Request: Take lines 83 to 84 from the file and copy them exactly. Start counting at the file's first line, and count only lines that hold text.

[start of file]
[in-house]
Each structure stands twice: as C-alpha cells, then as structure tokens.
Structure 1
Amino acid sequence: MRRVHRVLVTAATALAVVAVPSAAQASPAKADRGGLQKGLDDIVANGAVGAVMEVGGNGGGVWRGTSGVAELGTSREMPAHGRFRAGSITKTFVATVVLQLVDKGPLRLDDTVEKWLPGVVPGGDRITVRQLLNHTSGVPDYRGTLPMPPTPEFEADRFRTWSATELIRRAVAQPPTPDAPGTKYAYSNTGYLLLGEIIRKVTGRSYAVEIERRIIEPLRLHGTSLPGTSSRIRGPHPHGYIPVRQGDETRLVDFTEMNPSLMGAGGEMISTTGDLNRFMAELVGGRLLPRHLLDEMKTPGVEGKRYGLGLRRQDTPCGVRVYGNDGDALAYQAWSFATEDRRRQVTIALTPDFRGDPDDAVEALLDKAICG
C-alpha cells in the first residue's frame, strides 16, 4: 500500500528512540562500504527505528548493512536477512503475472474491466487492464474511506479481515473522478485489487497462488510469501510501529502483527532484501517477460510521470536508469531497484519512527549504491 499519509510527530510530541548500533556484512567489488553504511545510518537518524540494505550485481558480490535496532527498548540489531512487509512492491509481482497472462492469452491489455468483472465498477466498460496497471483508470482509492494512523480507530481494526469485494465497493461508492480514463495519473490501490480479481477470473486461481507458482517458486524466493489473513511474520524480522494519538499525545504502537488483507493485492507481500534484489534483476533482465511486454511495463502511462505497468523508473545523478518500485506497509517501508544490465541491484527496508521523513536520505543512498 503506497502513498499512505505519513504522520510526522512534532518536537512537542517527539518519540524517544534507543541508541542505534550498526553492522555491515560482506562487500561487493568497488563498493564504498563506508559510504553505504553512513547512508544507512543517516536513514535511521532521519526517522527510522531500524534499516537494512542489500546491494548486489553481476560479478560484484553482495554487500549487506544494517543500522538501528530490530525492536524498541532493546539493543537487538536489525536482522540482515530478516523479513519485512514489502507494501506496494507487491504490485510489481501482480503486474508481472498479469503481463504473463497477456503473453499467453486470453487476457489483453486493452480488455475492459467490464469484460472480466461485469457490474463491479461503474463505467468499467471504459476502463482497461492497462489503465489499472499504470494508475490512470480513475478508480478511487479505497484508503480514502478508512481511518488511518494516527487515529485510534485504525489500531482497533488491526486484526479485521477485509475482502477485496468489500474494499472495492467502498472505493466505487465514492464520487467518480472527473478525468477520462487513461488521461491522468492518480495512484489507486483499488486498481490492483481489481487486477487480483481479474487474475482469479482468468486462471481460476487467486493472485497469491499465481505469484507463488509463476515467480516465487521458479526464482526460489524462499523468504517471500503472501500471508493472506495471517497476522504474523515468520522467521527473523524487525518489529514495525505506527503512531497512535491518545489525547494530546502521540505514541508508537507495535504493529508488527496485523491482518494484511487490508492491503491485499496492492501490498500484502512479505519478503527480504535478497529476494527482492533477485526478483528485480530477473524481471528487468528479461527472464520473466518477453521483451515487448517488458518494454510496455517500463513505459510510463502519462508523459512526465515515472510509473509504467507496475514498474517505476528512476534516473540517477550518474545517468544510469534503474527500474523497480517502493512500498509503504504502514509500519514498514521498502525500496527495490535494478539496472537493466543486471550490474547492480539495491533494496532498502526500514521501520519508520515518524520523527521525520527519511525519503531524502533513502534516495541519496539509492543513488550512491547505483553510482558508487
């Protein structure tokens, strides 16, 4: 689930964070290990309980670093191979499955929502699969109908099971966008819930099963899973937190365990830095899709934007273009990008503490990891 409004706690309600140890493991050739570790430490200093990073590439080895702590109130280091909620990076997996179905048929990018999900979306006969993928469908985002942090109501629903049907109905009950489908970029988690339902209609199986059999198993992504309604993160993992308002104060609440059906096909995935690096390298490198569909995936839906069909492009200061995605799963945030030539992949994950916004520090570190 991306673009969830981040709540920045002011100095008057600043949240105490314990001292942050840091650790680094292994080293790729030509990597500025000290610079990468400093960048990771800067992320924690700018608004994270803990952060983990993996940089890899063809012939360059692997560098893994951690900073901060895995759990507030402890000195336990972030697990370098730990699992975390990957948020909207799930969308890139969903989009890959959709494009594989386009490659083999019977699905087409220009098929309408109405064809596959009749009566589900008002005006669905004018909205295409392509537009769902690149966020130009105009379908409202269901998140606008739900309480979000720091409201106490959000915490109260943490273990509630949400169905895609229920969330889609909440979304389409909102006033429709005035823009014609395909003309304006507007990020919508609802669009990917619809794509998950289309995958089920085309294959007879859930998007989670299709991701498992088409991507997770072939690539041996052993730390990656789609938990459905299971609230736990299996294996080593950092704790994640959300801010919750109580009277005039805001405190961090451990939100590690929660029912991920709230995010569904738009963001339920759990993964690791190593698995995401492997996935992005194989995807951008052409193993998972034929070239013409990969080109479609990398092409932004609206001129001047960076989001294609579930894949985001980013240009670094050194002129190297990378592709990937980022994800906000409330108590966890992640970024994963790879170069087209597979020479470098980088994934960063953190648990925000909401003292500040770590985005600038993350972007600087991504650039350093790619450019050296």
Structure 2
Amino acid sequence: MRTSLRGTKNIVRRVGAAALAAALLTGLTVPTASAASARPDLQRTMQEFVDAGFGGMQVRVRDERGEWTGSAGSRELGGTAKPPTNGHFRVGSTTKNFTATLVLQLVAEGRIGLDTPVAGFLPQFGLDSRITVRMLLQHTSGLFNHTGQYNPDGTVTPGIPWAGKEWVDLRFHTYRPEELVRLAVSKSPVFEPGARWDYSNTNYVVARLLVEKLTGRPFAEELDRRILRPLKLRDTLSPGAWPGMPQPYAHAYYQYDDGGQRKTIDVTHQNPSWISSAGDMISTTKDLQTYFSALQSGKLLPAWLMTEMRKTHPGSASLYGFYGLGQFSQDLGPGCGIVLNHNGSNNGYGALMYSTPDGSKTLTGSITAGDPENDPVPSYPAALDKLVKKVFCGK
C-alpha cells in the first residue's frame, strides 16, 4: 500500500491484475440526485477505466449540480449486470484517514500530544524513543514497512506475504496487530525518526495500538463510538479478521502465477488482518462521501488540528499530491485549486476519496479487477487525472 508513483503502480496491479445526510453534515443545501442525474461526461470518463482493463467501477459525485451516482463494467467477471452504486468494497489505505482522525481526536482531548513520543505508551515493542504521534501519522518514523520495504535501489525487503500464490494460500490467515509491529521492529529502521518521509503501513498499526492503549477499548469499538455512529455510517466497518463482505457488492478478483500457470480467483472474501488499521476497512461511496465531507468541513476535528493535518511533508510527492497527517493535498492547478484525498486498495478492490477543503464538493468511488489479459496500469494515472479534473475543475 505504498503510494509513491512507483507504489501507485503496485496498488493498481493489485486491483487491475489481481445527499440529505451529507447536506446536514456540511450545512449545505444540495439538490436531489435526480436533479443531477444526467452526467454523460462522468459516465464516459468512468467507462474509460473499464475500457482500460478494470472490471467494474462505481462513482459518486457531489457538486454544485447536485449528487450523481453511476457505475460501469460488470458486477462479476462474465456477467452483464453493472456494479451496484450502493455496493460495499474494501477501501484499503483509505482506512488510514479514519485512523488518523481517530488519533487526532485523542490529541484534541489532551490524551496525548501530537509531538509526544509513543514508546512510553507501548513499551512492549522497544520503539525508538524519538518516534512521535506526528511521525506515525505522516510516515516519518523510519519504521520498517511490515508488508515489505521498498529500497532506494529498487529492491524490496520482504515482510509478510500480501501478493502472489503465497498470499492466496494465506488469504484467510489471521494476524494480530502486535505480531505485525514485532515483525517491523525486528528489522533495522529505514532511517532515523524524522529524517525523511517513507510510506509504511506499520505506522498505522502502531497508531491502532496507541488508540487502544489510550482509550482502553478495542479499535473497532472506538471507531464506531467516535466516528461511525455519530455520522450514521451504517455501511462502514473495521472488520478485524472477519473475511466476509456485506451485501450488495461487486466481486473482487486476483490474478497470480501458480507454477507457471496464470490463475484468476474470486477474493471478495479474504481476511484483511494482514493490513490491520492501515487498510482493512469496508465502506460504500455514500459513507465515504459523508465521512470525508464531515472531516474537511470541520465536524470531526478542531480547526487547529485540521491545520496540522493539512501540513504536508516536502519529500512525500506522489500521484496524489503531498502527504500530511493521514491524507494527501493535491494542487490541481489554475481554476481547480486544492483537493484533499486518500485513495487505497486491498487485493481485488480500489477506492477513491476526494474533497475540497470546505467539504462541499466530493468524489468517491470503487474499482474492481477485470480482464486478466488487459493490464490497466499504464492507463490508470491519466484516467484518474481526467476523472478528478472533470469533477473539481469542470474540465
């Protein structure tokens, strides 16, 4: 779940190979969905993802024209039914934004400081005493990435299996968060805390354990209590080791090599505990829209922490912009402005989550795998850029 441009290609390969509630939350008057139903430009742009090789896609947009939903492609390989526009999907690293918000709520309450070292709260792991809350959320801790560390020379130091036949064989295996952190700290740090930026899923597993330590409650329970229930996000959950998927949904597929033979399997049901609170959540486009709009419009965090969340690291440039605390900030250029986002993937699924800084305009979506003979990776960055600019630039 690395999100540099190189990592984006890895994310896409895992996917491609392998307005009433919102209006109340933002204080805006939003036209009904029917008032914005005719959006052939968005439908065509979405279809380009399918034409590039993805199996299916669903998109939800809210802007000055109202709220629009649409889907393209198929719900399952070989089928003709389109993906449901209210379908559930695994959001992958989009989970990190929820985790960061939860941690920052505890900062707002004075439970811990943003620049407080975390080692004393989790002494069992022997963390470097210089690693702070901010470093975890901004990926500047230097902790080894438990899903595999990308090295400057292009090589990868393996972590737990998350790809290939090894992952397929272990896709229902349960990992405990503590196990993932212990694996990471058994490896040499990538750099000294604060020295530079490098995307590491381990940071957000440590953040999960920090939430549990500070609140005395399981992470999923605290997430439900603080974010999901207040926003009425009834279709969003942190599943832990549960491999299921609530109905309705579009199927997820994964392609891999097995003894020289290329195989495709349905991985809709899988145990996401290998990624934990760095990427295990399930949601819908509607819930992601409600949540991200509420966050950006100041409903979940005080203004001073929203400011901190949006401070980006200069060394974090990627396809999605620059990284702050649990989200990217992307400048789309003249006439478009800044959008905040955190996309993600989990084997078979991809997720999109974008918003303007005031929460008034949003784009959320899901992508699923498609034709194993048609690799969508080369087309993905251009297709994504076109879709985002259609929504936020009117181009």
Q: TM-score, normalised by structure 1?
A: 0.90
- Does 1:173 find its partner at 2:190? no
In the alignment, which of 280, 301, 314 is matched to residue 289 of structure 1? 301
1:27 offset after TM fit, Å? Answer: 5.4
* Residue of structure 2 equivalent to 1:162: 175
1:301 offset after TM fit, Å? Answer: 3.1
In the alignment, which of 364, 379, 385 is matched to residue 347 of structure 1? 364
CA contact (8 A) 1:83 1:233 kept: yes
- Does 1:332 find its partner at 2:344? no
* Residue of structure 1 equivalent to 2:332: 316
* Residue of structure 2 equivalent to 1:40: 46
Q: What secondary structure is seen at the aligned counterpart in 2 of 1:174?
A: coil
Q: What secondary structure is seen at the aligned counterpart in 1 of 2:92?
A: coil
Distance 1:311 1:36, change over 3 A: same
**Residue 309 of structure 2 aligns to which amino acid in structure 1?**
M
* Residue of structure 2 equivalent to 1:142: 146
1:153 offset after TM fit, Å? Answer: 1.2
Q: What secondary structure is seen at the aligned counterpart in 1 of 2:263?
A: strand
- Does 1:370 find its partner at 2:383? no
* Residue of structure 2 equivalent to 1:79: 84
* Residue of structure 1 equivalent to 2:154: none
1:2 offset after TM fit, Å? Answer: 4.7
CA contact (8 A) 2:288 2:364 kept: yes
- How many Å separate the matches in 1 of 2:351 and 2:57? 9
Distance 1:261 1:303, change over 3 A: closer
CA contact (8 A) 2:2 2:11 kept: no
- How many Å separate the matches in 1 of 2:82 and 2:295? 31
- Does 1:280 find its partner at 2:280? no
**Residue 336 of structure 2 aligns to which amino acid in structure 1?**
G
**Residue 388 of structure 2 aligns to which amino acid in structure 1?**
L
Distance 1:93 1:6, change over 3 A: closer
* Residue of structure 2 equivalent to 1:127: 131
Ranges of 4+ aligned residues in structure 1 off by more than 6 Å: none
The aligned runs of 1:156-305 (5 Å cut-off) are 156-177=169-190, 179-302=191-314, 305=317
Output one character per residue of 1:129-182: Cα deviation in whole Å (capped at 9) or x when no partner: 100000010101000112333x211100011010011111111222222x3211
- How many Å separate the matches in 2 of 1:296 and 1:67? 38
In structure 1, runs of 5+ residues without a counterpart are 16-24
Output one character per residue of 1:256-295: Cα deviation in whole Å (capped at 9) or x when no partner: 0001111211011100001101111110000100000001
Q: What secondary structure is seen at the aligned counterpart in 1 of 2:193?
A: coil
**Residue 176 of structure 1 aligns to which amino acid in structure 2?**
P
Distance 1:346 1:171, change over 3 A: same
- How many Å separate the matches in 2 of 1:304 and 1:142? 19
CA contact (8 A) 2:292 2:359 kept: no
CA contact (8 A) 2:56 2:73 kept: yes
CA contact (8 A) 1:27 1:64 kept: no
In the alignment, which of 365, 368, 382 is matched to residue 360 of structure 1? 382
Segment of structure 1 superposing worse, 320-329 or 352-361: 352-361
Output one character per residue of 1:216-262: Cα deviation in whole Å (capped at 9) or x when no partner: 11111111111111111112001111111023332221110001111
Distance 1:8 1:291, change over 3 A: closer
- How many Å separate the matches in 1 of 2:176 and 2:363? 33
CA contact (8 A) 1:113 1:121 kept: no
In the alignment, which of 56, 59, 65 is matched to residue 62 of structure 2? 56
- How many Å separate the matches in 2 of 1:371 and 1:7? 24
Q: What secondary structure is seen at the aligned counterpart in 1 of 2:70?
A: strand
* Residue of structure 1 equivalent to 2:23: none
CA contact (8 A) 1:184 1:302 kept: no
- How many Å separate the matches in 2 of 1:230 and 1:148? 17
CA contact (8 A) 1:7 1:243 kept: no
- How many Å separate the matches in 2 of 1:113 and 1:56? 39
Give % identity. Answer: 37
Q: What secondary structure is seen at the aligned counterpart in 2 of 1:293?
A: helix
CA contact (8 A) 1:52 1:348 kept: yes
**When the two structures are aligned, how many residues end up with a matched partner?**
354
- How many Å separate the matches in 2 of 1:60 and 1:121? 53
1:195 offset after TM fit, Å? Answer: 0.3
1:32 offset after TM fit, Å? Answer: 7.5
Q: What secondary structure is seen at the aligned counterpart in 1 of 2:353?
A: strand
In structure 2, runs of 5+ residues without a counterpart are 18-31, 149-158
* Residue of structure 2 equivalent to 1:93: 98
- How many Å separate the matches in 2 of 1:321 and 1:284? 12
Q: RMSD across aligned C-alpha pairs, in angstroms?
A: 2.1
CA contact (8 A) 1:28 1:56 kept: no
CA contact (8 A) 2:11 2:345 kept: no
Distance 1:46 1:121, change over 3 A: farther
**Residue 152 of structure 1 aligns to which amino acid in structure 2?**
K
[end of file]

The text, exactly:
CA contact (8 A) 1:52 1:348 kept: yes
**When the two structures are aligned, how many residues end up with a matched partner?**